The most popular nineteenth century shellfish was undoubtedly the much-revered oyster – not only a staple on fine dining tables throughout the Victorian era, but also served up by street vendors in major cities and featured in oyster bars. Lobsters were also a favorite, and even clams, as per the recipes found in era cookbooks.
Charles Ranhofer’s The Epicurean (1893) lists only six recipes for scallops and two for shrimp, but features pages of oyster and lobster dishes, as well as recipes for frogs, snails, and terrapin – the turtle was highly prized at the time. Ranhofer’s comment about scallops: “They are eaten, although of a tough nature.” Perhaps it was the way they were prepared then. Most recipes recommended parboiling prior to frying or baking, which is an unnecessary amount of cooking for these tender morsels. Most modern recipes warn that searing or sautéing scallops a minute or two per side is plenty.
I personally adore scallops, and was delighted when I found dry scallops on sale during a recent trip to the supermarket. Dry scallops taste much better as they are freshly caught. As noted by America’s Test Kitchen’s Molly Birnbaum, wet scallops “are treated with a solution of water and sodium tripolyphosphate, or STPP, which preserves them as soon as they are harvested at sea. Then they're often frozen.” This solution helps preserve them, but it also gives them a spongy texture and imparts a soapy taste.
Because they aren’t wet and soggy, dry scallops are perfect for searing, which is what I did, adapting a 19th century recipe from the era’s celebrity chef, Pierre Blot. Not surprisingly, it was one of just a handful of scallop recipes featured in his cookbooks. As I mentioned, 19th century recipes tended to favor a longer cooking time, and indeed, Blot recommends blanching the scallops first, perhaps to prevent them from sticking to the pan. However, I skipped this step since I wanted to make sure the outside was crispy and the interior remained tender and juicy.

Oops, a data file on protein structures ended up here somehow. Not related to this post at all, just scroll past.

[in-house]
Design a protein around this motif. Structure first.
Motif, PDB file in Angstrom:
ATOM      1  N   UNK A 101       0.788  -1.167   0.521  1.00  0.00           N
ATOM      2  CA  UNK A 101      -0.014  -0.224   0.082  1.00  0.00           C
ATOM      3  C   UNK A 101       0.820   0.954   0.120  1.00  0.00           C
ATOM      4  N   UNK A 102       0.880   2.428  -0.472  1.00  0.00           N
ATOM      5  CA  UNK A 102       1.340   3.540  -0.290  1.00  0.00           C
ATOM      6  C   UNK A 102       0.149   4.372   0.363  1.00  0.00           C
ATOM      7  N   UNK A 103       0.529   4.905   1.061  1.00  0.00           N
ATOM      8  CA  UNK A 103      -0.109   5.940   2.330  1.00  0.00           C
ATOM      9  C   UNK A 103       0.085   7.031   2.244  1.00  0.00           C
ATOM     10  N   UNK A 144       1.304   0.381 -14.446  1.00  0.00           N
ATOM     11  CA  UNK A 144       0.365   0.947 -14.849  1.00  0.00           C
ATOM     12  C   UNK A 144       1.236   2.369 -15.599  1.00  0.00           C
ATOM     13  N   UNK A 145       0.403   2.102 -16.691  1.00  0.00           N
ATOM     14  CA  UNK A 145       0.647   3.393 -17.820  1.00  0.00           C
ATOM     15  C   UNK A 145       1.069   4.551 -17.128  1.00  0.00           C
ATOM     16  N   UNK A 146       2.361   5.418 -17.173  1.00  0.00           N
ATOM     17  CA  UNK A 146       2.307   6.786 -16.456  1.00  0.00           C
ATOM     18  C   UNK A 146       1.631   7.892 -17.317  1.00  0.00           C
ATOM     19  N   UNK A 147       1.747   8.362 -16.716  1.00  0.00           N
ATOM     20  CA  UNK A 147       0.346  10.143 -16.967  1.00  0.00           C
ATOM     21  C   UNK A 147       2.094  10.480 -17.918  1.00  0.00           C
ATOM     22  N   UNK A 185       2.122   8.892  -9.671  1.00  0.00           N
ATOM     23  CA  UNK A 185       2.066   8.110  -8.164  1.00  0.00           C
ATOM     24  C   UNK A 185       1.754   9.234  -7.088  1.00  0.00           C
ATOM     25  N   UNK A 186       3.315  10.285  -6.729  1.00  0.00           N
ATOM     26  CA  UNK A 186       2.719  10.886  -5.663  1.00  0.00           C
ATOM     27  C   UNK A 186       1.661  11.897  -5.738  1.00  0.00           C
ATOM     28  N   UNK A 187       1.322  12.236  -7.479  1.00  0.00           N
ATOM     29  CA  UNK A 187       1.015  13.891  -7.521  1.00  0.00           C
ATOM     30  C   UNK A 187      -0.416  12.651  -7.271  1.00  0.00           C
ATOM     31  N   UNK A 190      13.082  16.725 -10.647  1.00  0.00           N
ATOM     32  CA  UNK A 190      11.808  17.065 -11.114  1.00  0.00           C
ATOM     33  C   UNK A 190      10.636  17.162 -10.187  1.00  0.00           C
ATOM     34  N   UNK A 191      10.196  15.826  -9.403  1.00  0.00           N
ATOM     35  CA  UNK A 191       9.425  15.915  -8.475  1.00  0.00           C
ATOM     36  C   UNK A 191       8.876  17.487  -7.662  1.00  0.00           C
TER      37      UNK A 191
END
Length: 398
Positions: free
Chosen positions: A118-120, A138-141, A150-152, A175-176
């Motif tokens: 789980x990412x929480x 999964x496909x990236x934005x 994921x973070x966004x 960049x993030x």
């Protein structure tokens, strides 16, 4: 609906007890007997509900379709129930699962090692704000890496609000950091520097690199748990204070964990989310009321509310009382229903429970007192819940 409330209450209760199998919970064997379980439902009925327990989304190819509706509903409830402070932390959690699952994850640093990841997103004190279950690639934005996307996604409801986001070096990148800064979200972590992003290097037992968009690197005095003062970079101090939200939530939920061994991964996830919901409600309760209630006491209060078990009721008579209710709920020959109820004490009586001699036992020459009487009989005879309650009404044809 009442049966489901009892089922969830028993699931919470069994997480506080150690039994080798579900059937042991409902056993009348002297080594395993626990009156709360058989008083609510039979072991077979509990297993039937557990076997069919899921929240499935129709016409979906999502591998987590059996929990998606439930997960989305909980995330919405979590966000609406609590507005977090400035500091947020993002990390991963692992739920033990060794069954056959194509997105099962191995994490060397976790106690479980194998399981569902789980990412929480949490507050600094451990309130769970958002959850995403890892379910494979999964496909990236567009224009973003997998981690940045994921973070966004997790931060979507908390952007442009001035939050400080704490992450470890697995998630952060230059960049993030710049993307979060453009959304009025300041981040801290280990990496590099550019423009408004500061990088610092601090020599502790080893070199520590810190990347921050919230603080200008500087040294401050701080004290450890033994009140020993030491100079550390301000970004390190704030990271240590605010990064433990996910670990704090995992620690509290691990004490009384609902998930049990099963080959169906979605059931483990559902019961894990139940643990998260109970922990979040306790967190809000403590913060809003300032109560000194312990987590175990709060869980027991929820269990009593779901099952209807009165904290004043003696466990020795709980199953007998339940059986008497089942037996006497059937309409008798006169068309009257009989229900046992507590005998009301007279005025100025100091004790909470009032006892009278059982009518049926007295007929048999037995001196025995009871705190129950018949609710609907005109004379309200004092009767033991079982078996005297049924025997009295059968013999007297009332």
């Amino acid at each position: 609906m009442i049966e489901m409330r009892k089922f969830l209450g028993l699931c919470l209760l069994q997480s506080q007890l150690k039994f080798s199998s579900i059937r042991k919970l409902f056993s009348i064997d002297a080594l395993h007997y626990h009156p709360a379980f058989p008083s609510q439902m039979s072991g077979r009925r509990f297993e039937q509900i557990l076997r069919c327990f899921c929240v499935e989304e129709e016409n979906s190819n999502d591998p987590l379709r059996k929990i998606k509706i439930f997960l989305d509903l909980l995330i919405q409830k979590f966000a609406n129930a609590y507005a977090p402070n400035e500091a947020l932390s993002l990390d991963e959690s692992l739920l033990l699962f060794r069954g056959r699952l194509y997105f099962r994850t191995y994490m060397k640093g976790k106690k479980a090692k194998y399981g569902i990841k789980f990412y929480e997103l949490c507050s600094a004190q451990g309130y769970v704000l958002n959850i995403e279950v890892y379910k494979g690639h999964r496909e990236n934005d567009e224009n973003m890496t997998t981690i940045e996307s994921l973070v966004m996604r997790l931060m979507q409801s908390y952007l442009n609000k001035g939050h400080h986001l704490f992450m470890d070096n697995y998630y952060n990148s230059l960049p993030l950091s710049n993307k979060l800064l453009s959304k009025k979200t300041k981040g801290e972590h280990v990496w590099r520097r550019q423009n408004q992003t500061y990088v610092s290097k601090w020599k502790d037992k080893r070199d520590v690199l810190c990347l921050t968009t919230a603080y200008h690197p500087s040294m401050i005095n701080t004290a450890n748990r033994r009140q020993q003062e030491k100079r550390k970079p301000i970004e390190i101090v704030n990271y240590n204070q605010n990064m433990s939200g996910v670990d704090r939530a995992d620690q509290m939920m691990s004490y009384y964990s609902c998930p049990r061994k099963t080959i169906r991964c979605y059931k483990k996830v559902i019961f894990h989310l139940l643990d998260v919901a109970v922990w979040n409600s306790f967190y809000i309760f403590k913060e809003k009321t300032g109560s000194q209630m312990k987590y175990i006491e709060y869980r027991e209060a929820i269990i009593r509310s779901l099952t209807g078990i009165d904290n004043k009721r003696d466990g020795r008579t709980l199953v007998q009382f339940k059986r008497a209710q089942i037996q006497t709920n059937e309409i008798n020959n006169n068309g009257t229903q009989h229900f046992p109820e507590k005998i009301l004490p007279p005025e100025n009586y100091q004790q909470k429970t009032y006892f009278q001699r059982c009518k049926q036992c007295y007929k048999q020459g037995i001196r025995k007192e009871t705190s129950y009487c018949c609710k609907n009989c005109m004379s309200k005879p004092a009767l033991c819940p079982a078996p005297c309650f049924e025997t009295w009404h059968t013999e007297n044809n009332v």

Blot’s recipe is really simple:
Scallops – Blanch the scallops for three minutes, drain them. Put butter on the fire in a frying-pan, and when melted turn the scallops in; stir now and then, take from the fire when fried, add parsley chopped fine, salt, pepper, and serve warm.
Fusing Blot’s recipe with instructions from modern recipes, here’s what I did:
- 1 pound dry sea scallops (not bay scallops)
- 1-2 tablespoons butter
- Salt and pepper to taste
- 1-2 tablespoons chopped parsley
- Place scallops in a colander and pat dry with paper towels.
- Melt the butter over very high heat. When pan is sizzling, add scallops and spread out.
- Cook just two minutes a side or until opaque, then remove to a platter and sprinkle with salt, pepper and parsley. That’s it!
I served mine with some linguine dressed in olive oil, lemon, garlic and parlsey alongside some sautéed broccolini (baby broccoli), but feel free to be creative! They were delicious served with a Washington State Pinot Gris.